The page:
Volume is nothing but the level of participation in a particular security. The level of participation shows the interest of market participants in that particular security. More the level of interest more is the strength of the ongoing trend. Lesser the interest lesser is the strength of the ongoing trend. Volumes can give indication well in advance about the change in trend. (More on this in my next letter)

You all are aware that I have been following a process when making recommendations. Volume has been an important part of that process. Over the last few months I have been fine tuning and testing these strategies to check whether they are valid or not. I am happy to say that they are valid and have made good money.

When I was testing these strategies I realized that having an additional volume filter would make a lot of sense when I would be recommending stocks to a couple of hundred of individuals as against a few institutions that I was recommending earlier.

I realized that there will be many people who will be buying/selling stocks based on my recommendations. In case the stocks that I recommend are not fairly liquid then the impact cost would be high. That's why I use a specific Recommended Price at or below which one should buy shares.

Although it might seem very tempting and one would like to buy the stock at market rate as soon as one receives the recommendation but let me tell you that's not the right way to trade. You should wait patiently for the stock to touch your buy level. I know that many people keep busy during the day and can't keep a watch on minute by minute basis on the stocks. Therefore, the best way to do it is to keep a limit order with your broker and let the stock come to your price instead of you running behind it. It would only take a couple of minutes to place a buy order. I'm sure those aspiring to become traders can spare that much time every day to place orders with their brokers.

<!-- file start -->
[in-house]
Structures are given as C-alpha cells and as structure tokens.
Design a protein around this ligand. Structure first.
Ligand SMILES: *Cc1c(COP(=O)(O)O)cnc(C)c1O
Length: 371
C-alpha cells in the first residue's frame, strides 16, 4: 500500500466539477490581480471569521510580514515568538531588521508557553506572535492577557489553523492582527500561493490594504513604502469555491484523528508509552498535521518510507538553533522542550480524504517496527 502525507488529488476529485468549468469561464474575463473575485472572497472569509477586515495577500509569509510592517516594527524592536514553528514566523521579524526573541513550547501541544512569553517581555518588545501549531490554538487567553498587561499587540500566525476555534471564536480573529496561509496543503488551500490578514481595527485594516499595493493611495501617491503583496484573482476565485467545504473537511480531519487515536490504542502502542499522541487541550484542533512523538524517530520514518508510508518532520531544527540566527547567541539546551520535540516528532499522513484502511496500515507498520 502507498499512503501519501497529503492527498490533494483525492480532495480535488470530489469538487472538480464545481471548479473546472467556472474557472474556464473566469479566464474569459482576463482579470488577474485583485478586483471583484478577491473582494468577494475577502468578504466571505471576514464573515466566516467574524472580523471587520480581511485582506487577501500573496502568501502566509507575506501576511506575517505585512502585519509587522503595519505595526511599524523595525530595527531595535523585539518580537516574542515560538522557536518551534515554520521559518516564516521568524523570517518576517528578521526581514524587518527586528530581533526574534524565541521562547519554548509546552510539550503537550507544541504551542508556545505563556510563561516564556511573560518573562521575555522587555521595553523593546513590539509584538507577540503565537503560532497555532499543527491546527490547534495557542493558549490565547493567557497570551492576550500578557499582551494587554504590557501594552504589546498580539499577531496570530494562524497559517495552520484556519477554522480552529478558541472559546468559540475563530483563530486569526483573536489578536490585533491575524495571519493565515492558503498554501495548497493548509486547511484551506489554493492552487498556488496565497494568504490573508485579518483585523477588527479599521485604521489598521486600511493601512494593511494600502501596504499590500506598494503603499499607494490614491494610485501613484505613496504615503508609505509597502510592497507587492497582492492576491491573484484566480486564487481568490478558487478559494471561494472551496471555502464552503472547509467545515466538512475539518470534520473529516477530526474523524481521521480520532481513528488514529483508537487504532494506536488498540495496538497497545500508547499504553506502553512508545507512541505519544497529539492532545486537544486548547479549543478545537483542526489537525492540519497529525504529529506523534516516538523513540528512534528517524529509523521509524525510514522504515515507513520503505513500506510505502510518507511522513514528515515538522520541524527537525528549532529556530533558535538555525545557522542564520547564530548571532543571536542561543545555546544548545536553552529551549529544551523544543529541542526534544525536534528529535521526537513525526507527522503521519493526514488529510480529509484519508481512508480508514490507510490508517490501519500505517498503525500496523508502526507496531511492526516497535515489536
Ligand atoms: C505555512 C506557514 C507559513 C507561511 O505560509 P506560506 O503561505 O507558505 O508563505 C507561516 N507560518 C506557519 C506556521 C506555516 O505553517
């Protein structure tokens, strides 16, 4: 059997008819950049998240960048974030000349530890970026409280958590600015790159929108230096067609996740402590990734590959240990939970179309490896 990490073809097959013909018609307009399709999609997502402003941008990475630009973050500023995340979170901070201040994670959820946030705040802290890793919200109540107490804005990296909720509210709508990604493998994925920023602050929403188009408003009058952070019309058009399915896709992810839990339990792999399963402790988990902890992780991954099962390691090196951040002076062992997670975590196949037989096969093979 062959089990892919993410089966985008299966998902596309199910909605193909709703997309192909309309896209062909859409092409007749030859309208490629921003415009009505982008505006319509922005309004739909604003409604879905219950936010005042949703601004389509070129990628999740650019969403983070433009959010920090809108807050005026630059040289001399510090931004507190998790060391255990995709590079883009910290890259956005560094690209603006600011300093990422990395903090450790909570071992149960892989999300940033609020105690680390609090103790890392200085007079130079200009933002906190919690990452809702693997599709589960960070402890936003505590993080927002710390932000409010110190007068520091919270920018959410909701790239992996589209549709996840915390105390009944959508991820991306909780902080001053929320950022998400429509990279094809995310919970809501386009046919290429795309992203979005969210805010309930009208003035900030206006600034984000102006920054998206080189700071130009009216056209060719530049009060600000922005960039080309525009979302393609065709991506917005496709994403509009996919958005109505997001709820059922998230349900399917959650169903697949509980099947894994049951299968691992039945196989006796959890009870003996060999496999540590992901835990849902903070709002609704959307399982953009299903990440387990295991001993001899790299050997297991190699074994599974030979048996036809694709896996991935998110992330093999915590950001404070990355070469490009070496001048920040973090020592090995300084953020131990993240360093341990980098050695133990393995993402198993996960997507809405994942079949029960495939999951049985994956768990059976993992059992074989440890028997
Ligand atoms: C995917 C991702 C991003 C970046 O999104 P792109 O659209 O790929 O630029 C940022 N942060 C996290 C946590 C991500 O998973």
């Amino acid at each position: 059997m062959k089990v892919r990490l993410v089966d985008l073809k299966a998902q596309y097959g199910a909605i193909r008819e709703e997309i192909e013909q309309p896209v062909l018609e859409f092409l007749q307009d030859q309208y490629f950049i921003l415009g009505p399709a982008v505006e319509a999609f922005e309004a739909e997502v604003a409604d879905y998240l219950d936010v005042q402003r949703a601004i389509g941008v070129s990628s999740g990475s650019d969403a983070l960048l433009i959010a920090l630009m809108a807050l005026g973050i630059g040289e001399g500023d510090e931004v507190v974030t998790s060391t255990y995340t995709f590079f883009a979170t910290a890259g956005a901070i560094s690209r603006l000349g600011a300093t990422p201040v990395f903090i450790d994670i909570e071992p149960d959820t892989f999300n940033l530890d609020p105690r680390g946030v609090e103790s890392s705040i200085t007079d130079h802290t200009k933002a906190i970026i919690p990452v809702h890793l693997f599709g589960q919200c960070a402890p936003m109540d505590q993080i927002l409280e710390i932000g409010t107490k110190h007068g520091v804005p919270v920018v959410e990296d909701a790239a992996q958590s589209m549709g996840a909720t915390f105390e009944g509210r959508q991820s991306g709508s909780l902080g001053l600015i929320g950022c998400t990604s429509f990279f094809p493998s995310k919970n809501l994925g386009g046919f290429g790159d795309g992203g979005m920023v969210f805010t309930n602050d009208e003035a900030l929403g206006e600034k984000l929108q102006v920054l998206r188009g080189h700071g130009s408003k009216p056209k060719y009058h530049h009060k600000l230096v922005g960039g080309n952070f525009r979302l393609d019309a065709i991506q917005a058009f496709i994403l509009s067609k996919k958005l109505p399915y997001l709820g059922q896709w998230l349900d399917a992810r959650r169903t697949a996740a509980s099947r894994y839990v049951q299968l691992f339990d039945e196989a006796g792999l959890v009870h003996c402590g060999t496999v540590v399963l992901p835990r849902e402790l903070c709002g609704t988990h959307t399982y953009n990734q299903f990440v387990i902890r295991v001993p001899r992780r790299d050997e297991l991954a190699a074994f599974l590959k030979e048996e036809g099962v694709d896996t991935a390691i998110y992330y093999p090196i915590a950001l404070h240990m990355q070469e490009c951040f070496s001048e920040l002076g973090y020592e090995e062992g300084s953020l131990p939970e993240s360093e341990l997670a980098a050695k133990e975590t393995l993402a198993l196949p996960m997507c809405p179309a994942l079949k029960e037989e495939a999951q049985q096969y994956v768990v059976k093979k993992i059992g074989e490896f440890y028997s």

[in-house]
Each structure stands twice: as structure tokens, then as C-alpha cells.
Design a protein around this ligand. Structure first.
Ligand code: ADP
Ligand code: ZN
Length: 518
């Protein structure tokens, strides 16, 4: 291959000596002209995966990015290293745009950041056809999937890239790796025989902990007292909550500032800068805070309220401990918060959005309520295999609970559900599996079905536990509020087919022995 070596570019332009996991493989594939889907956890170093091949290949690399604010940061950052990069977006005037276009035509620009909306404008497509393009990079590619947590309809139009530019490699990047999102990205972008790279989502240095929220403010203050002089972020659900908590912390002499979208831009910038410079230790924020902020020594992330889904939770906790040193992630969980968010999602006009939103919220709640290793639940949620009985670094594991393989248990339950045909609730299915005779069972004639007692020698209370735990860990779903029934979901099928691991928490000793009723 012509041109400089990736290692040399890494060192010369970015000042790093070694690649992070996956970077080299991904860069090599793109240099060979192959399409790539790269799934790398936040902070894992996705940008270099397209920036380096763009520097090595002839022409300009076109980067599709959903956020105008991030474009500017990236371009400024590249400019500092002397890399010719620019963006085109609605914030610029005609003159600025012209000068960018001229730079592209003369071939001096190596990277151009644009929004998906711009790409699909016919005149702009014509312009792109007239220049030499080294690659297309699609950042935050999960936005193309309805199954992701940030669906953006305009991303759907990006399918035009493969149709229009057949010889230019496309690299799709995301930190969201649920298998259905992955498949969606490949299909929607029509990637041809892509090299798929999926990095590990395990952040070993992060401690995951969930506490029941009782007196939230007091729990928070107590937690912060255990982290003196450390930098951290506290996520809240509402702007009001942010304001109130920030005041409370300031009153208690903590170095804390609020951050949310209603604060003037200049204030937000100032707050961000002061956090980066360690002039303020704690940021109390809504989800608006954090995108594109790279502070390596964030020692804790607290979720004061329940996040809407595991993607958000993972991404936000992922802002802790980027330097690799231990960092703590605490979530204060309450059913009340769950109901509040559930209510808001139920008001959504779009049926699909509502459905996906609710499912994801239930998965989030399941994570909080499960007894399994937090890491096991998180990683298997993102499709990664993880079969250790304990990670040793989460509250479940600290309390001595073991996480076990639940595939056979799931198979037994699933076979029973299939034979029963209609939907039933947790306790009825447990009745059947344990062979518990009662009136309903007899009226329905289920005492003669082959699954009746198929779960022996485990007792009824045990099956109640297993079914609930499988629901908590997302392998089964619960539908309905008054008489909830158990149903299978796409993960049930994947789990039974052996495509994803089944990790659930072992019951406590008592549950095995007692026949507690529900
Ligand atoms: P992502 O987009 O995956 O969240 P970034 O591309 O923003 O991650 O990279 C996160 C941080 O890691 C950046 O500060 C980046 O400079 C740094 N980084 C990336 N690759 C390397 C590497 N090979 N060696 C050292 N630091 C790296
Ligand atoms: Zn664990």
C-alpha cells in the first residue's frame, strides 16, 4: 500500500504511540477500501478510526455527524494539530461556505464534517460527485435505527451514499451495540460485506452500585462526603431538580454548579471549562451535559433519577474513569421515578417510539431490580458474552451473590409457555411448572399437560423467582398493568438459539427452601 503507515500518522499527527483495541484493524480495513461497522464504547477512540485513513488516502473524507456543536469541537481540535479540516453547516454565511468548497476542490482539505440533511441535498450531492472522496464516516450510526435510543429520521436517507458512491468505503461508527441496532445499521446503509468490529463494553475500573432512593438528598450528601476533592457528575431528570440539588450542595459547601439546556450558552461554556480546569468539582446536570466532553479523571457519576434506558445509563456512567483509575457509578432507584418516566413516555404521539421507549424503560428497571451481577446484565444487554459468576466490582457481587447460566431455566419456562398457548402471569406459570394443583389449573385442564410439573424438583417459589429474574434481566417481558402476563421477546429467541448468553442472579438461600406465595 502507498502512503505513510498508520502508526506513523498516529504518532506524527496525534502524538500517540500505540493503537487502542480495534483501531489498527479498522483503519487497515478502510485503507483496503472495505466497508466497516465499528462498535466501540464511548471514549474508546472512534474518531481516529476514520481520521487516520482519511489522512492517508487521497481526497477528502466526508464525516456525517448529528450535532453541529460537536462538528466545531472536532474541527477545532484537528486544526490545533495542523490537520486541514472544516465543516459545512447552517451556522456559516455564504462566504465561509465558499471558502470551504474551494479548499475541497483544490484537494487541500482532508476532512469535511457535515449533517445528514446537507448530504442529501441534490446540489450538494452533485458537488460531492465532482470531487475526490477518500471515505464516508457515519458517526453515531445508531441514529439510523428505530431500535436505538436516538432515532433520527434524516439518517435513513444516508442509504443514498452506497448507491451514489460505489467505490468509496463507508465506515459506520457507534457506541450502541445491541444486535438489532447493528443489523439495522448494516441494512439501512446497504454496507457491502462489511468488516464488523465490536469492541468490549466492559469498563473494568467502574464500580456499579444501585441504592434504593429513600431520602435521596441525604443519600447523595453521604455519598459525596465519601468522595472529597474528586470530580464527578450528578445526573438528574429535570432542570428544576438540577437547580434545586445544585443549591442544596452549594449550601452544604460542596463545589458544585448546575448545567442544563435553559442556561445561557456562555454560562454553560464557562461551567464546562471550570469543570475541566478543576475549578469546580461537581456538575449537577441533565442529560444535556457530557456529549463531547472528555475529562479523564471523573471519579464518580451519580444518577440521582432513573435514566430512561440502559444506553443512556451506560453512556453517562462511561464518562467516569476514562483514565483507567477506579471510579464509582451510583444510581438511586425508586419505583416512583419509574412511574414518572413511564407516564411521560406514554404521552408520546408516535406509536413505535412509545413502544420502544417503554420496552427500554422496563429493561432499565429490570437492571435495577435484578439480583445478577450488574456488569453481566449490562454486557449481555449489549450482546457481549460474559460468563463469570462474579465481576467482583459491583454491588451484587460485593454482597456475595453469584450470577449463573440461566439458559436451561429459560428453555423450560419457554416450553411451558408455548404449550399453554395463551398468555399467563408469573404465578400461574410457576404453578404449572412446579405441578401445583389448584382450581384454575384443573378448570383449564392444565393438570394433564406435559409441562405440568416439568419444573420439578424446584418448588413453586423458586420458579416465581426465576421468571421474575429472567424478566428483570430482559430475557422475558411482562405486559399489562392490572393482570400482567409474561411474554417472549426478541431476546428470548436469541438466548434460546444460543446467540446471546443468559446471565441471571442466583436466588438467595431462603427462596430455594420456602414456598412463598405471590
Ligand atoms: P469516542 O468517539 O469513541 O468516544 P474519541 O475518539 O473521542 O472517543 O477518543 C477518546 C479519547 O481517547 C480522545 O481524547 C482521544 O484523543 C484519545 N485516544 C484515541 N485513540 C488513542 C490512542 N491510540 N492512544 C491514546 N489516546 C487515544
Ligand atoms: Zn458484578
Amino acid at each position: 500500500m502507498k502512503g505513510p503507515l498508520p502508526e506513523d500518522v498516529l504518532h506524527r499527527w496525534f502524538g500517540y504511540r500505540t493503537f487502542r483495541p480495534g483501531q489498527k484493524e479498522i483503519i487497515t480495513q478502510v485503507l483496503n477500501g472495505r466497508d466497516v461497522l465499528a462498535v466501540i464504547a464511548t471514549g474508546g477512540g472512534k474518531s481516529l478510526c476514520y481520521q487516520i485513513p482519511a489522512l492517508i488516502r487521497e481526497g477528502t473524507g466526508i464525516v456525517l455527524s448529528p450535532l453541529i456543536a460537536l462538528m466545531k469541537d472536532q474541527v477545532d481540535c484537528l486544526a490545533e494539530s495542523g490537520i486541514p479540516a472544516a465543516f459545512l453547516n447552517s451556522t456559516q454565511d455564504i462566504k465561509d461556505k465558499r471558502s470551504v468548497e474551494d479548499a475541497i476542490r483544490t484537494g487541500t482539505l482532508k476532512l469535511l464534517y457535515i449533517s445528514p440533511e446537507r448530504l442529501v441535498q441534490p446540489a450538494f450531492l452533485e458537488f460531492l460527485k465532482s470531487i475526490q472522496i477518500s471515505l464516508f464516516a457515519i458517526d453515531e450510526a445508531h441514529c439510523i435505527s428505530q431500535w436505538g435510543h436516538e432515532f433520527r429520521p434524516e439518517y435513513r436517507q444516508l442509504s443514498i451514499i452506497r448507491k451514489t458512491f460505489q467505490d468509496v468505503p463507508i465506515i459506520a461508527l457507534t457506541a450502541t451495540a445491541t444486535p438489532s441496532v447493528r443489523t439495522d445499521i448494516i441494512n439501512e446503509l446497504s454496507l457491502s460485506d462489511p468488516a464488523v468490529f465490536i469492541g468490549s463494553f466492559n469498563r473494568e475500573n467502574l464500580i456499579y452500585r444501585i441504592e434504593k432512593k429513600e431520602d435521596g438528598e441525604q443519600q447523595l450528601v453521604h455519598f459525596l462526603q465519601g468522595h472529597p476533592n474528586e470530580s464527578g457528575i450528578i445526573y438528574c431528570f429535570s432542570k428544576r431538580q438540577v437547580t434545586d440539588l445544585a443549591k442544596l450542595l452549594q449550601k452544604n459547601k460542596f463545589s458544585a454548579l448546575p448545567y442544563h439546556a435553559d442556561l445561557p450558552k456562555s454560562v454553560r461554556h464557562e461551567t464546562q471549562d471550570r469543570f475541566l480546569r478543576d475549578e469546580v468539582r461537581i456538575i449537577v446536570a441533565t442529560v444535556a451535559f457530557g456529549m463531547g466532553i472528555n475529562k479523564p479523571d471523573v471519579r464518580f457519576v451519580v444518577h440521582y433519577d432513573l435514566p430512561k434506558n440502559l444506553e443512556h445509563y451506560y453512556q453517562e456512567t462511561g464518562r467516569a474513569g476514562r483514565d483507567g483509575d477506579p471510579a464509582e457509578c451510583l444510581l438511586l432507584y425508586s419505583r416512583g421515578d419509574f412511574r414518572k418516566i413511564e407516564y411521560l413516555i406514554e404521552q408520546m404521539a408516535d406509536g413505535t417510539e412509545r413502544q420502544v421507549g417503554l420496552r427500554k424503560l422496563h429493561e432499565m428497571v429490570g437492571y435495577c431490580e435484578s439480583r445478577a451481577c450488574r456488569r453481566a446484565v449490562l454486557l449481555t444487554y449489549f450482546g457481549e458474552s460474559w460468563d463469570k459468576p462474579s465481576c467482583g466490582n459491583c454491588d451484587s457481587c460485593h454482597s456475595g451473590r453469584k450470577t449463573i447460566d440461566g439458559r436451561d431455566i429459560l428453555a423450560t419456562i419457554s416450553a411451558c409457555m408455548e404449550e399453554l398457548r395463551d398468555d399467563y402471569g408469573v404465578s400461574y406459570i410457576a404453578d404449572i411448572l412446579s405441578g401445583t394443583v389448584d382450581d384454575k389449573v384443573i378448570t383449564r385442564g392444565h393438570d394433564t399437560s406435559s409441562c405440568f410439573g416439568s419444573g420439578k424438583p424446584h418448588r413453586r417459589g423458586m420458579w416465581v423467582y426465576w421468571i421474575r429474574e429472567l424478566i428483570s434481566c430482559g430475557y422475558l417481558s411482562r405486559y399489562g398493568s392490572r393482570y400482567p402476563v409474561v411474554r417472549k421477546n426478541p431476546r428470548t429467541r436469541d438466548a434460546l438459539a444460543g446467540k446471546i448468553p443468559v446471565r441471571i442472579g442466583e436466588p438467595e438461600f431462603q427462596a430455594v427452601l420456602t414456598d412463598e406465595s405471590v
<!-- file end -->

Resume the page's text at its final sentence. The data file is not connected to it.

Next concern was that all the people acting on my recommendation may not be able to get a timely entry or exit because of lack of depth in that stock. This means that even if after a certain buy or sell level has triggered one may not get an entry or exit from the stock because there aren't enough participants to give a counter-offer to them. This means there aren't enough sellers to sell when you want to buy and vice-versa.

To solve this problem I decided that I will have an additional filter based on volumes. So I set a rule that I would be recommending only those stocks whose value of last 14 days average volumes as on the date prior to recommendation is more than Rs 4 crore.

This means that I will recommend only those stocks whose average traded volumes of last 14 days have been worth more than Rs 4 crore. The logic behind taking last 14 days average against only considering the date prior to sending out the recommendation is to smoothen out the impact of a large trade that might have been executed on that day. By doing this we can ensure that the liquidity is fairly good across periods rather than only on a single day.